Up

Fuel System


3/8/06 - More of the chassis fabrication that needs to be done revolves around the fuel cell.  So I went ahead and selected the one that best fit the needs of the car.  The cell that was chosen was a JAZ 8-gallon model that was special ordered.  Normally it lays flat, but it can be "custom" built by JAZ with the filler and pickups on the side vs. the top.  They also installed a return fitting as well.  I got great service from them and they had the tank to me in less than a week.  They ended up giving me the bail cap style instead of the aircraft style cap that I specified, but when I called, they promptly sent me the right cap.

The mounts are 3/4" square tubing welded to the frame for a base.  1 x 1/8" aluminum straps were made to hold it in place.

DSCN2084.JPG (305456 bytes)  DSCN2085.JPG (281116 bytes)  DSCN2086.JPG (302565 bytes)  DSCN2087.JPG (294993 bytes)


7/29/06 - The hard lines have been run for the supply and return.  I decided to run hard lines through the chassis to keep things tidy and secure through the middle of the frame.

DSCN2228.JPG (298637 bytes) 


9/6/06 - Fuel Pump and Fittings

The fuel pump is now installed.  It is a Walbro in-line unit that should have more than enough umph to fuel the R1.  Fittings were available to adapt to the -6 AN fitting on the supply line to the motor and the -8 AN fitting coming from the fuel tank.  The location of the pump should be fairly easy to get to from under the car if a repair is needed.

DSCN2260.JPG (308232 bytes)  DSCN2261.JPG (280725 bytes)

When ordering the fuel pump, I got a bit lucky and discovered a fitting that I was going to need on the engine side of the fuel supply.  I wanted to be able to use the factory fuel hose on the supply (high pressure) side of the engine.  It still had the quick disconnect on it.  I was not sure what kind of fitting it was, but figured it could turn it on the lathe.  There was one similar looking on the fuel pump website for $2...I figured it would be a gamble worth taking.  The type of fitting is a Bundy style fitting, and I guess that I did not realize that they are common in a lot of automobile applications.  It is just the type of connector that is different between the different makes.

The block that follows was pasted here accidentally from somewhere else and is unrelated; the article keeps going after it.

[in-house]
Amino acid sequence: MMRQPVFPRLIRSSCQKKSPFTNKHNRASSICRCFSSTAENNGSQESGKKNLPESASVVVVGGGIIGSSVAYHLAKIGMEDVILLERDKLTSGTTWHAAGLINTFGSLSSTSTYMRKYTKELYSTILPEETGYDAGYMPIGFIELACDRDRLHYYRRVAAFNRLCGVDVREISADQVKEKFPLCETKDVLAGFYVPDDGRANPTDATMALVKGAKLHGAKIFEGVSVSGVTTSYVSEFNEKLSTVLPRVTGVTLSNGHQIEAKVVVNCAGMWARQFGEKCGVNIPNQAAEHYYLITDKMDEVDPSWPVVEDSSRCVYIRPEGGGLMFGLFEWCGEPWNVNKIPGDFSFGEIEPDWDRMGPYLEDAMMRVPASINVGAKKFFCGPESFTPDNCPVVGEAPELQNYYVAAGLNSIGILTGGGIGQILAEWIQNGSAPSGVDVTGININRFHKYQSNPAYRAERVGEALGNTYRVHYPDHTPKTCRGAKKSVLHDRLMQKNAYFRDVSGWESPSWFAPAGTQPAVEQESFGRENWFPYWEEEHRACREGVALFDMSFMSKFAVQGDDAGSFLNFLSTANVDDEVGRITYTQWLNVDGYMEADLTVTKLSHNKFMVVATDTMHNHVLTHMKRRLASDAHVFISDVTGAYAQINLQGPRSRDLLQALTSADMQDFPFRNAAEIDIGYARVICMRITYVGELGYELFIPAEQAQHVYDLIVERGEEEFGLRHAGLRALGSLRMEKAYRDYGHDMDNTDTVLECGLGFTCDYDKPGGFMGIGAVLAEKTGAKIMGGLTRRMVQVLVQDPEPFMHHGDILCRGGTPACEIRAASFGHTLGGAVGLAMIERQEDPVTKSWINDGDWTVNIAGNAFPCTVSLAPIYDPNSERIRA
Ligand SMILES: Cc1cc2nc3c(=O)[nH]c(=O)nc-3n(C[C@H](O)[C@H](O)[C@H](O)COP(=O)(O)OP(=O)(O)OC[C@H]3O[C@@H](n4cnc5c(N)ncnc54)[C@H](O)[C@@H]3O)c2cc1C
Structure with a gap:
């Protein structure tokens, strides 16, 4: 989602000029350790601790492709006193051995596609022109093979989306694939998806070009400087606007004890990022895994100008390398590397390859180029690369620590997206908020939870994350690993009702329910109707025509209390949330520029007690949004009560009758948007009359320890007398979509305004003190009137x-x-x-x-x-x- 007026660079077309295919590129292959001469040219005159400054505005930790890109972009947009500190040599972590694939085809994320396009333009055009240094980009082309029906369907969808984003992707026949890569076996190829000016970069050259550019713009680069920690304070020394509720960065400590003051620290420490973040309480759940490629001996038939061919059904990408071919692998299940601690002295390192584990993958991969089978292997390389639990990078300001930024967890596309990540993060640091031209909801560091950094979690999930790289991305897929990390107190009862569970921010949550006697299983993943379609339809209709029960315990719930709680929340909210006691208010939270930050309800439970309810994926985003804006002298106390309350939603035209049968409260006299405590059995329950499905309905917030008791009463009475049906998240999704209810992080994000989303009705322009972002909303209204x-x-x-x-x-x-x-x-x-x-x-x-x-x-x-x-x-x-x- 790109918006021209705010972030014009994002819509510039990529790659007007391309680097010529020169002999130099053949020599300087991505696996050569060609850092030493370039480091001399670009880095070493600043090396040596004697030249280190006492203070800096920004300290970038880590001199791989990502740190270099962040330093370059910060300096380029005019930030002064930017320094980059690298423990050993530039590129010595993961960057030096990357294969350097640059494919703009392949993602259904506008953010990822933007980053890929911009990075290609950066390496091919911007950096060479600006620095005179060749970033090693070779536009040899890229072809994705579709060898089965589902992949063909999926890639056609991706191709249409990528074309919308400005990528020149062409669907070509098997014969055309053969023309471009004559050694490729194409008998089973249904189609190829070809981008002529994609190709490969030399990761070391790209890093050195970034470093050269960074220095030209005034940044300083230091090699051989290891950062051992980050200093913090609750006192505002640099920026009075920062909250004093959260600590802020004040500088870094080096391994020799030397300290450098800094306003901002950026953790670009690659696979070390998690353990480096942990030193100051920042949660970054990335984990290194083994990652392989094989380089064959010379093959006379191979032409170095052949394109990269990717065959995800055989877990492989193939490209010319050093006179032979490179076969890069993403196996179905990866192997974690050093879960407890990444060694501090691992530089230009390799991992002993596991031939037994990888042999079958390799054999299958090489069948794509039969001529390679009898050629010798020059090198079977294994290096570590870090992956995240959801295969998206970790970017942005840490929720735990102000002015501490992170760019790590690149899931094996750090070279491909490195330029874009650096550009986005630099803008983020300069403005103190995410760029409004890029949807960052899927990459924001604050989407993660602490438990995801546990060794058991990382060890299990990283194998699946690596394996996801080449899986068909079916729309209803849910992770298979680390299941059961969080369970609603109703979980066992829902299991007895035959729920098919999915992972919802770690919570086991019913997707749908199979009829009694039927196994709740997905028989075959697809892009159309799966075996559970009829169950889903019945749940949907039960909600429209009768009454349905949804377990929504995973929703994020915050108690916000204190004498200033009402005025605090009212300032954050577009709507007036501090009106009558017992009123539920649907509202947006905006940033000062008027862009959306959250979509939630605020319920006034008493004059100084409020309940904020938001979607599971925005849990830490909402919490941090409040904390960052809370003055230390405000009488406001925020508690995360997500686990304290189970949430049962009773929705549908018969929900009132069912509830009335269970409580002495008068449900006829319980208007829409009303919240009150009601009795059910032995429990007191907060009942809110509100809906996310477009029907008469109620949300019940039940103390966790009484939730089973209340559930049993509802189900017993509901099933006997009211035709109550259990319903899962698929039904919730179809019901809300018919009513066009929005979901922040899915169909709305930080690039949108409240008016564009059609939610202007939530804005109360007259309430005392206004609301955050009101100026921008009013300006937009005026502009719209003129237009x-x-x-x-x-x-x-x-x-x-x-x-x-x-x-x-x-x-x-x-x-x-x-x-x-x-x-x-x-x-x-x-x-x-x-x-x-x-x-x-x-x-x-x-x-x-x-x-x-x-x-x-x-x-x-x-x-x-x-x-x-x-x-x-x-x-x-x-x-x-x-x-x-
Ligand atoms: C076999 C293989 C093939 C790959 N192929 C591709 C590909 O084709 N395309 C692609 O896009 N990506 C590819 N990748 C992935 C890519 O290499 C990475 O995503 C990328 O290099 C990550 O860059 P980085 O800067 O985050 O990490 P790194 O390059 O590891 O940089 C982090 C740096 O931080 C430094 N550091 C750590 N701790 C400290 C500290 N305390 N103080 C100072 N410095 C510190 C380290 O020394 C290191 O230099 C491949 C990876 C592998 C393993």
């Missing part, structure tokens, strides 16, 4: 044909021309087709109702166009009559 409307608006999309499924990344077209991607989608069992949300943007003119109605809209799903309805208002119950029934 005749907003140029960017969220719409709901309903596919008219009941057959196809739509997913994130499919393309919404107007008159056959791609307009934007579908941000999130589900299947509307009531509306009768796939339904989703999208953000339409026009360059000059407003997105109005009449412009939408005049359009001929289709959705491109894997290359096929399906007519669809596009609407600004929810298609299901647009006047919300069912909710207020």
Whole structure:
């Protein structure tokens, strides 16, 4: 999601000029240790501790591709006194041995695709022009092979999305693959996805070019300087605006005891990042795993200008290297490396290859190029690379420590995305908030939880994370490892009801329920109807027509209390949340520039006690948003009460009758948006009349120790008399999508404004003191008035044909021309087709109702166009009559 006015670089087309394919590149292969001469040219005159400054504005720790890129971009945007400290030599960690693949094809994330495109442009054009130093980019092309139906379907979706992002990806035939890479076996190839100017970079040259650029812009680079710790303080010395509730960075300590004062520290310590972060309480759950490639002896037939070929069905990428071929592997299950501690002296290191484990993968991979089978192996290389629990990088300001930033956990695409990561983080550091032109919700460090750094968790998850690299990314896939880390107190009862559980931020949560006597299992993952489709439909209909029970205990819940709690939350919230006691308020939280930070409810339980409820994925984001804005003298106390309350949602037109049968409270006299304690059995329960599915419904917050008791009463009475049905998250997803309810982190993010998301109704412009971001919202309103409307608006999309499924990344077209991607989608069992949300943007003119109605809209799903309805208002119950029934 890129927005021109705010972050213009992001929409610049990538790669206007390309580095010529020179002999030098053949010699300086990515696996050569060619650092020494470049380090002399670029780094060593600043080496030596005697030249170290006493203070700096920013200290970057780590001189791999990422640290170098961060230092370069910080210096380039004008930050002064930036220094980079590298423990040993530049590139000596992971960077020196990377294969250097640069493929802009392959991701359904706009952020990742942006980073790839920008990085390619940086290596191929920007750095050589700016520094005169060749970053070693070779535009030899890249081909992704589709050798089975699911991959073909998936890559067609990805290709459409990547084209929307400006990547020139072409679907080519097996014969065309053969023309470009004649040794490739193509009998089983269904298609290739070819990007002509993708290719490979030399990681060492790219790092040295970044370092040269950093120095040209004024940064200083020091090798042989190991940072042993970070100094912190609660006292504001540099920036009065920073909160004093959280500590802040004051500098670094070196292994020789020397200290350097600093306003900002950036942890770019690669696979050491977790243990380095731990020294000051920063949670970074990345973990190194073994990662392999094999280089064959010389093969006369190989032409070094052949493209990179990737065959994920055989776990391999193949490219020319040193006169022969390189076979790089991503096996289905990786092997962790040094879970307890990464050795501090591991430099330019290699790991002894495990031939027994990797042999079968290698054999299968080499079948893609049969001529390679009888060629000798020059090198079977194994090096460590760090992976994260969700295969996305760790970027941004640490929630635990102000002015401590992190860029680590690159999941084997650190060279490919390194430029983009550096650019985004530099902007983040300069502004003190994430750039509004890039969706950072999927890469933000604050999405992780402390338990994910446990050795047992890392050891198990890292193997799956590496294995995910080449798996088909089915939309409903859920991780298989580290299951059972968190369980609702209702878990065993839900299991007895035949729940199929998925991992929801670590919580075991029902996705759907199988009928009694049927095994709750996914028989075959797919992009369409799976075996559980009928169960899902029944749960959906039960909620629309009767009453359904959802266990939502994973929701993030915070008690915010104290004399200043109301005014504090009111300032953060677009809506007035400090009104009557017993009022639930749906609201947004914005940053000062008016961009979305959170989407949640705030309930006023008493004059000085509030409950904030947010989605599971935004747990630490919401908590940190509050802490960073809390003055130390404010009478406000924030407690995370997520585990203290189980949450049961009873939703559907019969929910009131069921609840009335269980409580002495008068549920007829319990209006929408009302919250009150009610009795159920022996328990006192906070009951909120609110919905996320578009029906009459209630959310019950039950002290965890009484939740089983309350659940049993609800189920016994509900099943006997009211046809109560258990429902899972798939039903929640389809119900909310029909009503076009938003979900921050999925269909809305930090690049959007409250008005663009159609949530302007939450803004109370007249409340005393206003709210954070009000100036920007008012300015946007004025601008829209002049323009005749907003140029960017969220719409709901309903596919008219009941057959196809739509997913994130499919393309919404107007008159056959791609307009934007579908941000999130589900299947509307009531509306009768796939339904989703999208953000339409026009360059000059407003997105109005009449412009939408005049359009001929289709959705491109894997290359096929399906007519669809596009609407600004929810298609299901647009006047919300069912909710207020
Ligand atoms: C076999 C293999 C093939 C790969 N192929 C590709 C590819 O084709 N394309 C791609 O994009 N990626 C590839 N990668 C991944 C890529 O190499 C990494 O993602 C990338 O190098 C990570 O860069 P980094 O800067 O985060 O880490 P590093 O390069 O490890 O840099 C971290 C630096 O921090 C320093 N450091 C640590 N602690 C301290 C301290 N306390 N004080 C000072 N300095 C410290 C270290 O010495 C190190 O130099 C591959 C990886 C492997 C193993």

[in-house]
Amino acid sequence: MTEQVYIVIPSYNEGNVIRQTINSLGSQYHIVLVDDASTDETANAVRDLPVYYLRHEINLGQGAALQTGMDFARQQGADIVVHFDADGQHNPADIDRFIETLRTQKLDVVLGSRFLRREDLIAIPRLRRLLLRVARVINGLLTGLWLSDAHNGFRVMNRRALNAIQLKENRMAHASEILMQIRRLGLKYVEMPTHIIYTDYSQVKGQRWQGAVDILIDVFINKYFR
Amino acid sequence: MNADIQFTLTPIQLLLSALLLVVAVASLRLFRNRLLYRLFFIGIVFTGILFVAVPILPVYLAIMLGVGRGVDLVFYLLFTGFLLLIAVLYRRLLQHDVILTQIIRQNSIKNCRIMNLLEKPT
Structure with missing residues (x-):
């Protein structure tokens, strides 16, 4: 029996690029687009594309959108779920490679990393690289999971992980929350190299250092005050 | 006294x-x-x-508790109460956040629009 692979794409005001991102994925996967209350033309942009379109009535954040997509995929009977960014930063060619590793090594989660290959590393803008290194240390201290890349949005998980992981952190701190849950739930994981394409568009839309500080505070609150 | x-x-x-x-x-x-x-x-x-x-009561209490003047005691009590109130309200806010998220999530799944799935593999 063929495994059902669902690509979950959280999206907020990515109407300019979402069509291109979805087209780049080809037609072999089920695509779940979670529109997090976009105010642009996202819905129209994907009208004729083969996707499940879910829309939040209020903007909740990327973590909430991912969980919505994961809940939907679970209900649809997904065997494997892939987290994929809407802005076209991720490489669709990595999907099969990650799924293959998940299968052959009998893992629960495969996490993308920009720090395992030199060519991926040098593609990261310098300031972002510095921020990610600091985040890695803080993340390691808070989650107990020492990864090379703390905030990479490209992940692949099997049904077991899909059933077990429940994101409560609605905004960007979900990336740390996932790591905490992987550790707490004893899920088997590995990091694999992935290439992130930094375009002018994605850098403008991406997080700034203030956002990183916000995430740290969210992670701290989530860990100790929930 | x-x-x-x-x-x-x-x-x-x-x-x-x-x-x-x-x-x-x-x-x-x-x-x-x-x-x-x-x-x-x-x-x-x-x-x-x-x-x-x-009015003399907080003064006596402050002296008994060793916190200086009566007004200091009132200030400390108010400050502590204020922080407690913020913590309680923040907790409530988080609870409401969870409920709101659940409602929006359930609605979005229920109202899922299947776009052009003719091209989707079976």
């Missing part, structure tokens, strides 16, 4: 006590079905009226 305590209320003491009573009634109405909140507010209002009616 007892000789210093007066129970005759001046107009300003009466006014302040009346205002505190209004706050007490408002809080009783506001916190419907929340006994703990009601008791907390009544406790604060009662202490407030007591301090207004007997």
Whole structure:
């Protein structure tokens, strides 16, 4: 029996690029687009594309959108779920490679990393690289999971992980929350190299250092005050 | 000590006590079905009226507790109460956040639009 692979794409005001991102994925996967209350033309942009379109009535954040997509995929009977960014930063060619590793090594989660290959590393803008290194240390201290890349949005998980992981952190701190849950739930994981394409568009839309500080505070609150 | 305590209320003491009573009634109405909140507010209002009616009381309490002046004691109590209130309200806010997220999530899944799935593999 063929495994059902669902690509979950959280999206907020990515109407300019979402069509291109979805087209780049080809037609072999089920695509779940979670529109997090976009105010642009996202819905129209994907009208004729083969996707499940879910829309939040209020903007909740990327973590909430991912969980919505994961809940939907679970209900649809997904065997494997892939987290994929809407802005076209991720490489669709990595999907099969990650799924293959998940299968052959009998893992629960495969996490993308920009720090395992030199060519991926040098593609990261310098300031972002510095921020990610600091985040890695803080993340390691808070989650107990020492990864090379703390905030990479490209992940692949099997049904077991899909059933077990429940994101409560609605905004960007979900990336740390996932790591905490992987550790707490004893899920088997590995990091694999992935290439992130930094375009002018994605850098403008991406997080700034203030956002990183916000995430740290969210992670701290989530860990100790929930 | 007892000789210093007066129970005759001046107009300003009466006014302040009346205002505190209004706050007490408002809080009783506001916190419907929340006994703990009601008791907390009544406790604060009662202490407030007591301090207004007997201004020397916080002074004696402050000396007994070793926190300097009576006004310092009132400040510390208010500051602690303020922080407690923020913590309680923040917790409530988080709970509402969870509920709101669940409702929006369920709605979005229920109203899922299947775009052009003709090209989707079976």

DSCN2265.JPG (307615 bytes)  DSCN2268.JPG (358072 bytes)


10/15/06 - Fuel Return Line

First bit of fuel plumbing after getting the engine back in involved the low pressure fuel return line.  Not too difficult, but it did require a fitting to be made on the lathe.  The line coming from the fuel rail was 1/4" ID tubing and my hard return line was 3/8".  I made a simple step down adapter to fit between the 1/4" and the 3/8" fuel lines.

DSCN2321.JPG (266666 bytes)  DSCN2324.JPG (234761 bytes)


11/8/06 - Finished Fuel Plumbing

The rest of the parts and pieces have arrived and now the fuel system plumbing is complete.  In the rear, the main pickup was moved from the top to the bottom of the tank on the passenger side.  The pickup tube is right in the midde of the tank.  This should assure that the in-line fuel pump is never starved for fuel.  There is also an in-line filter to keep any trash from the fuel tank getting to the pump.

DSCN2332.JPG (292567 bytes)  DSCN2331.JPG (282553 bytes)

Up front, all the little bits and pieces come together to make for a fairly simple and easy to maintain system.  The fuel filter is a Ford unit with a modified (for lightness of course) bracket.  It has Bundy fittings on each end.  The engine had that style fitting going to the fuel rail and I was able to find a fitting for the supply side that would adapt to standard hose.  Hindsight is always perfect...If I would have researched a little harder, I could have made the system a little cleaner from the outlet of the fuel pump to the fuel filter, instead of having a few adapter fittings in between.  I have already spent the money, and it will work...just live and learn.

DSCN2333.JPG (258871 bytes)  DSCN2334.JPG (306785 bytes)